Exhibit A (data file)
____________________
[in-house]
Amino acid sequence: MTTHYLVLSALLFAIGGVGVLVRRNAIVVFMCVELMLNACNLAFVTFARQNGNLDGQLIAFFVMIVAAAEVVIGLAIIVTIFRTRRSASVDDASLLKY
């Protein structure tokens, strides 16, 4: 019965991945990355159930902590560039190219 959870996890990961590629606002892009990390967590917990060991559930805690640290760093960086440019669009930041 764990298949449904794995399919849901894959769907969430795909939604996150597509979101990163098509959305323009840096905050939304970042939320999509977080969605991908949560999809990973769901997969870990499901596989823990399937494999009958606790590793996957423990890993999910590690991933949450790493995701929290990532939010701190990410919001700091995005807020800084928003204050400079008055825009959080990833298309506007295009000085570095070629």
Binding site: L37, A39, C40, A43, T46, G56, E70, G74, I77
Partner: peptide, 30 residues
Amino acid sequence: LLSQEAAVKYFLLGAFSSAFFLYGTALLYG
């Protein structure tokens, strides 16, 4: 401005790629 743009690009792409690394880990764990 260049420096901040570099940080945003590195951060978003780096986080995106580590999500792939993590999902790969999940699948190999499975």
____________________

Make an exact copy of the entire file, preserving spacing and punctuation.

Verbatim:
[in-house]
Amino acid sequence: MTTHYLVLSALLFAIGGVGVLVRRNAIVVFMCVELMLNACNLAFVTFARQNGNLDGQLIAFFVMIVAAAEVVIGLAIIVTIFRTRRSASVDDASLLKY
């Protein structure tokens, strides 16, 4: 019965991945990355159930902590560039190219 959870996890990961590629606002892009990390967590917990060991559930805690640290760093960086440019669009930041 764990298949449904794995399919849901894959769907969430795909939604996150597509979101990163098509959305323009840096905050939304970042939320999509977080969605991908949560999809990973769901997969870990499901596989823990399937494999009958606790590793996957423990890993999910590690991933949450790493995701929290990532939010701190990410919001700091995005807020800084928003204050400079008055825009959080990833298309506007295009000085570095070629």
Binding site: L37, A39, C40, A43, T46, G56, E70, G74, I77
Partner: peptide, 30 residues
Amino acid sequence: LLSQEAAVKYFLLGAFSSAFFLYGTALLYG
């Protein structure tokens, strides 16, 4: 401005790629 743009690009792409690394880990764990 260049420096901040570099940080945003590195951060978003780096986080995106580590999500792939993590999902790969999940699948190999499975």